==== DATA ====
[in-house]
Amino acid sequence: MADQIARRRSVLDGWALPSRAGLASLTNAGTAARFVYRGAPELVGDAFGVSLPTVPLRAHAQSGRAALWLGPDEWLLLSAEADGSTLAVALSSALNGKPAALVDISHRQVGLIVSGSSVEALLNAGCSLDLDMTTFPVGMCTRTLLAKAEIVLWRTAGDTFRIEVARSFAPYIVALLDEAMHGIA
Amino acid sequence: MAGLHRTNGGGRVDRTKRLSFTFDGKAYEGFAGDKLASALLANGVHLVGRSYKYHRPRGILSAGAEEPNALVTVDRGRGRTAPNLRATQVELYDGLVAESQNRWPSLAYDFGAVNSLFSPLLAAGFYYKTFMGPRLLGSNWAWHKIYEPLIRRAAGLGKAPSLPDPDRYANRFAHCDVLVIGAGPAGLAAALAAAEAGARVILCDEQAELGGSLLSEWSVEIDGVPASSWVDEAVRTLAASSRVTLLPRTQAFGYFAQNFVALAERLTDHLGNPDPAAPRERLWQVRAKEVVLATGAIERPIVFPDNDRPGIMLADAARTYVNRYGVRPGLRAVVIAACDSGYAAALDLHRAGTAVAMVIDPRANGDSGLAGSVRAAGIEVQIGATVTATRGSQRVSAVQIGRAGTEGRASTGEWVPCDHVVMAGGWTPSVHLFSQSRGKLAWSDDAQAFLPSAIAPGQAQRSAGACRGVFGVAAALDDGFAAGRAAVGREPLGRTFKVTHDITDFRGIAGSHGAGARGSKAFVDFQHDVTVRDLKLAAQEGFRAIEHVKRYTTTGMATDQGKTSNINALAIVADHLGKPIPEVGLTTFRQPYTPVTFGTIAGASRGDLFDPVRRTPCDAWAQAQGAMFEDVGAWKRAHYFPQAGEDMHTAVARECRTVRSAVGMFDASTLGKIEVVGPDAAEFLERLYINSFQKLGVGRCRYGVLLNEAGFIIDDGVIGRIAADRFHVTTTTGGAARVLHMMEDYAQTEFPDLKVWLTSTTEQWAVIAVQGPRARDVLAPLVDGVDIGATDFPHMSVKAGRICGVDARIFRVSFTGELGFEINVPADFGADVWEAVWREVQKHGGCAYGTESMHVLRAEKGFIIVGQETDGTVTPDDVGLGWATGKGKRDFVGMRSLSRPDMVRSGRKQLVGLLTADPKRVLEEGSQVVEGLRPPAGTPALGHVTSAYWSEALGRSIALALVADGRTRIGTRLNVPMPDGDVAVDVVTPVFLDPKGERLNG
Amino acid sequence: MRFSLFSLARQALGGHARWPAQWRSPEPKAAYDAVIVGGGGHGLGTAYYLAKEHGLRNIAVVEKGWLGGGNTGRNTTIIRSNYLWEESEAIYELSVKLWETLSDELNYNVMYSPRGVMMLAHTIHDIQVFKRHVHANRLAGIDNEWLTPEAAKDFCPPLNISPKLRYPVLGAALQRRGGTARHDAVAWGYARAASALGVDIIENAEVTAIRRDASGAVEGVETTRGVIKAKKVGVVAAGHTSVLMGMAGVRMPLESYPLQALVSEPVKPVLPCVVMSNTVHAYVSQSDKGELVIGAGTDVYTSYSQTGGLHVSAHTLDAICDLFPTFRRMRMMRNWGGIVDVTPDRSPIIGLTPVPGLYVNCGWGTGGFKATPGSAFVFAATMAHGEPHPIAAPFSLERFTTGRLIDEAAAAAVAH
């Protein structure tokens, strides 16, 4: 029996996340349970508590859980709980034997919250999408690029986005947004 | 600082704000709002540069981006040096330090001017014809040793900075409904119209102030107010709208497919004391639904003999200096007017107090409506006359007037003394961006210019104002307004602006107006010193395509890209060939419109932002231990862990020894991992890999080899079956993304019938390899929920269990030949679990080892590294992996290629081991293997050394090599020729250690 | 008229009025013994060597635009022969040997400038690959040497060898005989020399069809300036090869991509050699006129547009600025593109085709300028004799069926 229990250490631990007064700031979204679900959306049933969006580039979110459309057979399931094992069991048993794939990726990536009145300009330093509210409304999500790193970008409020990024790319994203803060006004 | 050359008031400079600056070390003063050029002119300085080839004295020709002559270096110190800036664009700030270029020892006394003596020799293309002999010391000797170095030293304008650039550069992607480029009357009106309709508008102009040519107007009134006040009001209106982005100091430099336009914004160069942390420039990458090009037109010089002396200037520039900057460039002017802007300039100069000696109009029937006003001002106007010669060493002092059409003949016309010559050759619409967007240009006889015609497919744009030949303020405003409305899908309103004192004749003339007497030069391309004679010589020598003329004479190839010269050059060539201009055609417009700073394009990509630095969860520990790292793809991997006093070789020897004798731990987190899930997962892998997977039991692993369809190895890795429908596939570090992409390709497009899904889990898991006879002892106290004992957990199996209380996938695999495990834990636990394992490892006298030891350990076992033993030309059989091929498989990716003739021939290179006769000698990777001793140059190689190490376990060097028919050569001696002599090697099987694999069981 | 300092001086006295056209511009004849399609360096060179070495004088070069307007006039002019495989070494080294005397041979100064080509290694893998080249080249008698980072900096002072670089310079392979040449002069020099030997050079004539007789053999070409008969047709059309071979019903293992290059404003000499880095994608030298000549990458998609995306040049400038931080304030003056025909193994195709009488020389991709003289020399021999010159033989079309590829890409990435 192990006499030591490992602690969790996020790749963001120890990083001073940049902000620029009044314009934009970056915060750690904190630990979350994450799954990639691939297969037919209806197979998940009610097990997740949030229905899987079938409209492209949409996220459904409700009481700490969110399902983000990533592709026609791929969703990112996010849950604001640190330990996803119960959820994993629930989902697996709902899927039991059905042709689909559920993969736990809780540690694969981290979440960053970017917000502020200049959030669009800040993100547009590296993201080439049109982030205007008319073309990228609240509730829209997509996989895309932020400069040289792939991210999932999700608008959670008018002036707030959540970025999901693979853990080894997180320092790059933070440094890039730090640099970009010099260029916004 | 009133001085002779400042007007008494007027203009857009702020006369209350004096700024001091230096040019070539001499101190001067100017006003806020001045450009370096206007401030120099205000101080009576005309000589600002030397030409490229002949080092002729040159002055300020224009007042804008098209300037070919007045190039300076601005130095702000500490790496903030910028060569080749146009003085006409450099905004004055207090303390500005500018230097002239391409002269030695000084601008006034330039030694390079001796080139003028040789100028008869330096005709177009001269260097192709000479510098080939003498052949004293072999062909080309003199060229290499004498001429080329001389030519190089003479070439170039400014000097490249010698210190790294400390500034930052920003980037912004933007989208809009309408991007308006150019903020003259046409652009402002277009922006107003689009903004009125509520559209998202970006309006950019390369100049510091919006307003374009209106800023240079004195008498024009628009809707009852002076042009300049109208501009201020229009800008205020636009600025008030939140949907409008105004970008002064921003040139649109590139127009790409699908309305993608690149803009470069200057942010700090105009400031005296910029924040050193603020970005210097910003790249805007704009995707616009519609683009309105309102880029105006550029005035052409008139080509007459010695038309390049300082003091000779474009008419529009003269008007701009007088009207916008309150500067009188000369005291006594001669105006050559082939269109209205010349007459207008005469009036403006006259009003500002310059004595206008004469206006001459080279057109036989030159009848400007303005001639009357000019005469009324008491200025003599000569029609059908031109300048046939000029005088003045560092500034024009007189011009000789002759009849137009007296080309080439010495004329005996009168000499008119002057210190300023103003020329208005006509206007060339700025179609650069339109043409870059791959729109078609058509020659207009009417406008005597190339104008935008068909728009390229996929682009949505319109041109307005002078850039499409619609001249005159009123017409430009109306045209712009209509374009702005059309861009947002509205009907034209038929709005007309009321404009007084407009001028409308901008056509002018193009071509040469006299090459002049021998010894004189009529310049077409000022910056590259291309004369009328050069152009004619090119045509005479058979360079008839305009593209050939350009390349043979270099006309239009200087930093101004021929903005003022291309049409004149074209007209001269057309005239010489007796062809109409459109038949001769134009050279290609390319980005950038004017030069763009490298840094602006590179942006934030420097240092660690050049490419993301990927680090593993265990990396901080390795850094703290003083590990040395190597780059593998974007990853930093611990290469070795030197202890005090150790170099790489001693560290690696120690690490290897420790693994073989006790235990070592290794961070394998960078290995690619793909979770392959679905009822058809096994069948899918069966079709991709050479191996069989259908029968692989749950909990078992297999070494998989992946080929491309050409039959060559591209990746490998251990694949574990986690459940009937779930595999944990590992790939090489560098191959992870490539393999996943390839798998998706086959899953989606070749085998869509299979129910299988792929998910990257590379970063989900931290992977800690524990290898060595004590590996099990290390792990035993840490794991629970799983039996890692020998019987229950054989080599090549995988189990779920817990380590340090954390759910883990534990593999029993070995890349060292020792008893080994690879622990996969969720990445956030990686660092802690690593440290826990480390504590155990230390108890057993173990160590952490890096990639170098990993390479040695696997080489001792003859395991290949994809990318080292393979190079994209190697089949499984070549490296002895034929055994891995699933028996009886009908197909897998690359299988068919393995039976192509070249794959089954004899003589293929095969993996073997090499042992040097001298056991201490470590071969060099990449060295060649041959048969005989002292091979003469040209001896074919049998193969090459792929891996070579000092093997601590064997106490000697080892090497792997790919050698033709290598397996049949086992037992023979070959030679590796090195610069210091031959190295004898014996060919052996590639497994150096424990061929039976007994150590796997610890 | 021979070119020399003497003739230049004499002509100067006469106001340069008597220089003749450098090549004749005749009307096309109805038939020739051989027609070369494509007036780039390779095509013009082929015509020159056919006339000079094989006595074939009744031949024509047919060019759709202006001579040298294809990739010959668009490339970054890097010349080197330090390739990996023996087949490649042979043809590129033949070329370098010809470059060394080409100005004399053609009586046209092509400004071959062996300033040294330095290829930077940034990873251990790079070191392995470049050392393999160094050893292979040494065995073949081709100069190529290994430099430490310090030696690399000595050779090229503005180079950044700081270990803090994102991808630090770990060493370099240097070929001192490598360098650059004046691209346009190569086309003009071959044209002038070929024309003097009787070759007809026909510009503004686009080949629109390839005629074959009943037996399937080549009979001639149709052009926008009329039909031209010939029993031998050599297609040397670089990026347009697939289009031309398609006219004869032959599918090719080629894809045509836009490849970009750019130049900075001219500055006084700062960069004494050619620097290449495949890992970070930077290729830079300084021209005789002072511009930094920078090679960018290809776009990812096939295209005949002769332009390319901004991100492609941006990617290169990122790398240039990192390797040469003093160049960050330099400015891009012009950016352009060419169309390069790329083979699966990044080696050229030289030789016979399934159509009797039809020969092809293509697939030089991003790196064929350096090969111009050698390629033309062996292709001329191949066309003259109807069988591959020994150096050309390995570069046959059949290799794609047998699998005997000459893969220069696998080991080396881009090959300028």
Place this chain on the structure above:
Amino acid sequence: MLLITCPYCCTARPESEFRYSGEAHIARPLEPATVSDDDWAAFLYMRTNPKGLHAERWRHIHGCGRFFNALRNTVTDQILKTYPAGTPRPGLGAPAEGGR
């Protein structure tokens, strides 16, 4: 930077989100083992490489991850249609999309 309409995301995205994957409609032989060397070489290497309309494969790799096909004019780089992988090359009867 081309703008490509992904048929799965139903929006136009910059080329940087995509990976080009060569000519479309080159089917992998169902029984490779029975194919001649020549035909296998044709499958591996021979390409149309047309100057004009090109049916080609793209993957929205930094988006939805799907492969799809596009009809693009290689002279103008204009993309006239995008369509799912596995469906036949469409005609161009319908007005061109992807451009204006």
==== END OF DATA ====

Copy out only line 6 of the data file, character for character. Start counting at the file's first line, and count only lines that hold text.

Place this chain on the structure above: